BOSTON — While the name of first-round pick Triston Casas might be new to Red Sox fans, it’s not unfamiliar to one prominent major-leaguer.
Padres first baseman Eric Hosmer, who attended the same high school as Casas at American Heritage High School in Plantation, Fla., has been considered himself a fan of the Red Sox’ newest prospect for years. Casas, along with a group of other high school prospects in the area has taken hitting lessons with Hosmer’s brother, Mike at the Hosmer family home.
Through that connection, Casas has come to regard Hosmer as one of his mentors.
“He’s invited me over his house a couple times and kind of taken me under his wing,” Casas told MLB Network’s Scott Braun on draft night. “I’m pretty appreciative of that.”
Hosmer, a World Series champion and former All-Star, actively tries to serve as a mentor for amateur prospects from South Florida. Hosmer works with fellow major-leaguers like Orioles shortstop Manny Machado, Royals outfielder Jon Jay and Indians first baseman Yonder Alonso to create a strong support system for area players.
“We want all those kids who get drafted and get to pro ball to feel like we’re there for them,” Hosmer said Tuesday. “It’s kind of our little team down there in South Florida. Any time they want to reach out, they can.”
The similar path to the big leagues between Casas and Hosmer, who are joined by former Red Sox Deven Marrero, White Sox prospect Zack Collins and Red Sox prospect C.J. Chatham as American Heritage alumni who were selected in the MLB Draft, made it an obvious choice for Hosmer to want to help Casas.
“For me, Triston hits home,” Hosmer said Tuesday. “A first baseman, from my same high school. I’ve heard nothing but good things… and a lot of people have been telling me about him.”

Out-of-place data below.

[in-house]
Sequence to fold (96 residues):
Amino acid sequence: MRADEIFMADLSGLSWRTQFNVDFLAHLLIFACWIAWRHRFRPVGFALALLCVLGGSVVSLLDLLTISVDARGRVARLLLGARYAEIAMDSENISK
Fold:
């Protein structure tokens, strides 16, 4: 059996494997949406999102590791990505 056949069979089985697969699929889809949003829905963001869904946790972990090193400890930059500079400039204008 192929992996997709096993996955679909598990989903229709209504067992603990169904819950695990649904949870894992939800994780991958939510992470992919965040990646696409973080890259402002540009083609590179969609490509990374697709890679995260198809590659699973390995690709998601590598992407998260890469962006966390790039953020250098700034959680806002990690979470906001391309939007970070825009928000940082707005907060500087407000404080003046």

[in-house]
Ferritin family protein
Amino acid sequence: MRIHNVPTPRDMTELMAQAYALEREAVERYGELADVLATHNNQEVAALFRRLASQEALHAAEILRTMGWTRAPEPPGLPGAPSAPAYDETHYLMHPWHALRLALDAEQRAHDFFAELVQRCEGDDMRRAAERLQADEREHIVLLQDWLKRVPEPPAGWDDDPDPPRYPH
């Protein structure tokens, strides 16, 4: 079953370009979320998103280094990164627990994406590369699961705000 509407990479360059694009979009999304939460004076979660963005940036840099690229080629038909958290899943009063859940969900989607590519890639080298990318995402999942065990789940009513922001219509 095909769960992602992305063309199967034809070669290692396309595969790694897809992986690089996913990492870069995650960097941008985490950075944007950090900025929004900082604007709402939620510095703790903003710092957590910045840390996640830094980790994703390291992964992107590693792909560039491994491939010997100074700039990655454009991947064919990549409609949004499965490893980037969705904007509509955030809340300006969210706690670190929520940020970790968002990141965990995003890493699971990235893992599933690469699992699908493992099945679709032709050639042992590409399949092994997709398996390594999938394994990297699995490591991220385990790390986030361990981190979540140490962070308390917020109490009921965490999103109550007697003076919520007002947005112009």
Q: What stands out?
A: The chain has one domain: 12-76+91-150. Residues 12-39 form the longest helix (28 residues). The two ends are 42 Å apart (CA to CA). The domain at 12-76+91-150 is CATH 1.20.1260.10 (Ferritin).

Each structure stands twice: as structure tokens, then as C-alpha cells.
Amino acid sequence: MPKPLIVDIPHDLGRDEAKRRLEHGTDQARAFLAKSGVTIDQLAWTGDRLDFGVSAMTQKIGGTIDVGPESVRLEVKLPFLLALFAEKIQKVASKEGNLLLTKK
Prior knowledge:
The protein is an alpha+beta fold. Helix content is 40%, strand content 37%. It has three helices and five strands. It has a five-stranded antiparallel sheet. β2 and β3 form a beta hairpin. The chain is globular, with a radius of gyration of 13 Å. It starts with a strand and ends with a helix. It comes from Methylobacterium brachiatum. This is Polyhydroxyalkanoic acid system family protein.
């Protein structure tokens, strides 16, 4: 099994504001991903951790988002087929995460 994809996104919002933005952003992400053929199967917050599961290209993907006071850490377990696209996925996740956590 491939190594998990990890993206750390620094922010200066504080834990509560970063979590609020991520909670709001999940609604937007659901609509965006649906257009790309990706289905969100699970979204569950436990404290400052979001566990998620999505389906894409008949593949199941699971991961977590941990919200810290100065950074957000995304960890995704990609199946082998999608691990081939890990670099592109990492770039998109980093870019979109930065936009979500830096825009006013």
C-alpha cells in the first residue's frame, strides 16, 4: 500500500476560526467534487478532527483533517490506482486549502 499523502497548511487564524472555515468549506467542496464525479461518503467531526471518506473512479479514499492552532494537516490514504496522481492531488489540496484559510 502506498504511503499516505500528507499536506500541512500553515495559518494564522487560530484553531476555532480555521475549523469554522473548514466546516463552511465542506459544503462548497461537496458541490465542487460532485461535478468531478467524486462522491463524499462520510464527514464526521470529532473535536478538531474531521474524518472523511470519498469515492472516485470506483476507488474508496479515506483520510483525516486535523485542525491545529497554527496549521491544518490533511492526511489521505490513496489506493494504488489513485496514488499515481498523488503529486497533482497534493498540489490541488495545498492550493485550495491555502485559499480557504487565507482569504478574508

Hosmer, who has watched Casas hit on multiple occasions, sees some differences between his swing and Casas’. Instead, he was quick to compare Casas to another power-hitting first baseman in the National League.
“Any time he’s in the cage taking swings, I immediately think of [Braves first baseman] Freddie Freeman,” Hosmer said. “Just with his whole setup and how he looks in the box.”
As impressed as he has been by Casas’ bat, Hosmer has been even more impressed with the 18-year-old’s off-field demeanor.
“Mentally, he’s about as advanced of a high-school kid as I’ve ever seen,” Hosmer said. “He’s extremely smart and asks the right questions. There were usually around four or five kids there [when we hit] and he never tried to act any different or think that people should act differently toward him. He’s extremely humble. It’s the work that he, his brother and his dad all put in to put him in this position to start his career. Overall, for me, from the outside looking in, I’ve seen the workload this kid has and I’m extremely happy and extremely proud of him and his family.”
Hosmer, who was a first-round pick (3rd overall) himself back in 2008, reached out to Casas before the draft to tell him to enjoy the day with his family and not worry about where he’d come off the board.
“He knew he was going to be a first-round guy, so I told him the same thing I always say,” Hosmer said. “It doesn’t matter the number where you get drafted; it’s about where you get drafted and the situation you have. I think his situation being in Boston is pretty ideal.”
Being in the first season of the eight-year deal he signed with San Diego last winter, Hosmer might get the chance to face off against Casas at some point down the road. And in the words of his mentor, Casas could make an impact sooner than some predict.
“I’m extremely happy for him,” Hosmer said. “He’s a guy that in two or three years could be a household name.”
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